After a brutal winter that never seemed to end, residents of the western suburbs are looking forward to warmer weather and the renewed ability to enjoy their local farmers’ markets. In Riverside, Oak Park and Brookfield the local markets are offering opportunities for residents and visitors to buy fresh produce in the open air- no parka required.


Amy Jacksic, a coordinator of the Riverside Market is pleased to announce that the market is growing due to popular demand.

“We will open a little earlier, on June 4, and close a little later on October 15,” Jacksic said. “Also by request, we’ve added additional farmers the market this year.”

The market has three chemical and pesticide-free farmers, including Illinois vendors Providence Farm and Bountiful Blessings, as well as Amish farmer Countryside Produce. New vendor Pear Tree Preserves will offer small batch, seasonal fruit preserves. A knife sharpener will be on hand weekly, honing knives, gardening tools and lawn mower blades. New Magnolia nursery will sell heirloom vegetable plants for personal gardens.

The market takes place every Wednesday from 2:30 to 7 p.m. in the Riverside Library parking lot, and special events throughout the summer will focus on the community. The first week, Dan’s Bike Shop will be offering mini-tune ups, and the freemasons will be offering their annual child identification event. The Riverside Public Library will also kick off their summer reading program, which features a science theme this year.


The Brookfield Farmers Market will open on June 7 and close on October 18. The market is held on Saturdays from 8 a.m. to 1 p.m. at Brookfield Village Hall, 8820 Brookfield Avenue. Offering organic and sustainable vegetables, fruits, meat, eggs and flowers and plants, the market aims to have something for everyone. The market partners with community groups as well as artisans to provide demonstrations, and weekly music adds to the celebratory atmosphere.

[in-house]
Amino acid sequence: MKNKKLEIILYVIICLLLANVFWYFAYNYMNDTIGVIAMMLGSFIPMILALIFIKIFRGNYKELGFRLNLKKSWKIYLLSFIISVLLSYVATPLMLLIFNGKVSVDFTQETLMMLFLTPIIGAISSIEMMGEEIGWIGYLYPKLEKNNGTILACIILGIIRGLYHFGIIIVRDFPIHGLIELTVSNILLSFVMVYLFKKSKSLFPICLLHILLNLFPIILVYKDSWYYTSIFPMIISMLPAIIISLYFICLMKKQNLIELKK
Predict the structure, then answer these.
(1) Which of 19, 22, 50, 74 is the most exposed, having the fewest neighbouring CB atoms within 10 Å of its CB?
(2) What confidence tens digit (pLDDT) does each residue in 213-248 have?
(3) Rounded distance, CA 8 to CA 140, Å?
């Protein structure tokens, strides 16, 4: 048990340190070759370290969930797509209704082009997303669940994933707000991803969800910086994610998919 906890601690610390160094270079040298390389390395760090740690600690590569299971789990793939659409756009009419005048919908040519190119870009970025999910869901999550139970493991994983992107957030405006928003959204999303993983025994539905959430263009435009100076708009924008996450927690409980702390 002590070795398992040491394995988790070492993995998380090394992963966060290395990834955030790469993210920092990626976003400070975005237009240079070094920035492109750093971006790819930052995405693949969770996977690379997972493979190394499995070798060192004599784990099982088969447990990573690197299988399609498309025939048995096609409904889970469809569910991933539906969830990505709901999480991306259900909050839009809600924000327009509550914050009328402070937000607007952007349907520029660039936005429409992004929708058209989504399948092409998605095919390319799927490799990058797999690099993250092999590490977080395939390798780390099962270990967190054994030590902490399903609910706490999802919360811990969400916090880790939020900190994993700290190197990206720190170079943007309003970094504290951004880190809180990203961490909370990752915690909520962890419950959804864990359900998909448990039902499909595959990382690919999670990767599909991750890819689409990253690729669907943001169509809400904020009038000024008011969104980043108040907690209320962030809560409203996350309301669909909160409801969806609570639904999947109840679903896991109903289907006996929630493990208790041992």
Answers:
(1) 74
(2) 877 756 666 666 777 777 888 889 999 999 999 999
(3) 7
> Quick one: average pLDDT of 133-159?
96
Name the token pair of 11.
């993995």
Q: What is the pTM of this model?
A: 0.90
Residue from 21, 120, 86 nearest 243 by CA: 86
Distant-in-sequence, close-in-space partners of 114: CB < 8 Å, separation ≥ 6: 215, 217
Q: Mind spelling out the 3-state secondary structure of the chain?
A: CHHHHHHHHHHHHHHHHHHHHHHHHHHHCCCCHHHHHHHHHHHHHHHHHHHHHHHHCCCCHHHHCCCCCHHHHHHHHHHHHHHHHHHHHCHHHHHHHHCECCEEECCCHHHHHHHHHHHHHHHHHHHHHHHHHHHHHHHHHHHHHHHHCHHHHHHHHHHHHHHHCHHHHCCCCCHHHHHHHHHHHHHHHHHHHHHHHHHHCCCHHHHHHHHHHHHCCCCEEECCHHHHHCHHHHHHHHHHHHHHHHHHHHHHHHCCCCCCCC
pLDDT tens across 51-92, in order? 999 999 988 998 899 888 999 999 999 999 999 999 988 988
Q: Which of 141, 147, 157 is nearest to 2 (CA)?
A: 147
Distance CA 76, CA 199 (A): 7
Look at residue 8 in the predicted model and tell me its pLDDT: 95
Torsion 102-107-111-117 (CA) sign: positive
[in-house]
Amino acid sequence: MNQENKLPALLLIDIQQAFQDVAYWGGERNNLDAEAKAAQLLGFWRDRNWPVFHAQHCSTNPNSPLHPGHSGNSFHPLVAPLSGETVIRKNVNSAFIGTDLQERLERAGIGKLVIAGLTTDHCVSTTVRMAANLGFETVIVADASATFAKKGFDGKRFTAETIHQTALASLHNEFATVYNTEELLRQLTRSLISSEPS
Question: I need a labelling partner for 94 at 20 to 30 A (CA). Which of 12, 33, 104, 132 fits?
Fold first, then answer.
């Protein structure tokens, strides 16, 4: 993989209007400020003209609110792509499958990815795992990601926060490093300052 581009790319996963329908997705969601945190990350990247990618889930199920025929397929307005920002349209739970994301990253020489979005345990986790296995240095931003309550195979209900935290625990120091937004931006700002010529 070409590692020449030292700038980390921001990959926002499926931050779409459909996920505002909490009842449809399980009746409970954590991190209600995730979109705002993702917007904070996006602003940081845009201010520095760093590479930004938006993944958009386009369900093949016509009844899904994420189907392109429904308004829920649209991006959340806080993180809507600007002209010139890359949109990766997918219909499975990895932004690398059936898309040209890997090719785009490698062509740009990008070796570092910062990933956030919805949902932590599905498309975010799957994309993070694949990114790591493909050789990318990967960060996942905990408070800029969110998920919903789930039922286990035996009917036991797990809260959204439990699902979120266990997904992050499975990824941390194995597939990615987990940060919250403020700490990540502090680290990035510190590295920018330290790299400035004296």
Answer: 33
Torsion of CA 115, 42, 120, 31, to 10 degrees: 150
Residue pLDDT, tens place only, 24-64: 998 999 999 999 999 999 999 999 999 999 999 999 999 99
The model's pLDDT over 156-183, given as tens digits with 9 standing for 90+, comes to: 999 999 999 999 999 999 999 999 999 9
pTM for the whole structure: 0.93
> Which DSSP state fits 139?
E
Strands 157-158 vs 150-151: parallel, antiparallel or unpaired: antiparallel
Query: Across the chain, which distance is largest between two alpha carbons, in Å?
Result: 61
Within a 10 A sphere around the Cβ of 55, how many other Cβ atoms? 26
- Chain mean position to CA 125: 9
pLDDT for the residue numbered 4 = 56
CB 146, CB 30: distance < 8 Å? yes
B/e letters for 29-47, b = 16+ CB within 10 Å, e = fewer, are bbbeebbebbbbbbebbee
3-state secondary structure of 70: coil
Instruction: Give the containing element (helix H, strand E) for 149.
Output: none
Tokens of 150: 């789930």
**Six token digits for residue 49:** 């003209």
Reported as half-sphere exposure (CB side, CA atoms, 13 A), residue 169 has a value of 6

Oak Park

The Oak Park Farmers Market is opening one week later this year, on May 24, and closing one week later on November 11. Jessica Rinks, Farmers Market Manager, reports that there will be four new vendors this year.

“We have two new bread vendors who bake artisanal bread products,” Rinks said. “Hazzard Free farms will be offering flowers, cornmeal and dried beans, and Big Head Farm from Michigan will offer certified organic blueberries.”

The market runs every Saturday in the parking lot of Pilgrim Church on Lake Street from 7 a.m. to 1 p.m., but plan on getting their early if you want to avoid long lines for the famous donuts. Bluegrass music provides a backdrop every week, and the first two weeks of the market will host “go green” events. The annual corn roast is planned for August 16th.

Like everyone, Rinks thinks the long winter has increased the anticipation of opening day.

“I think the growing season is going well for everybody,” Rinks said. “Ultimately, the spring has been a little cooler than normal, but it has not been a problem for our farmers. We should have plenty to offer on the first day of the market.”

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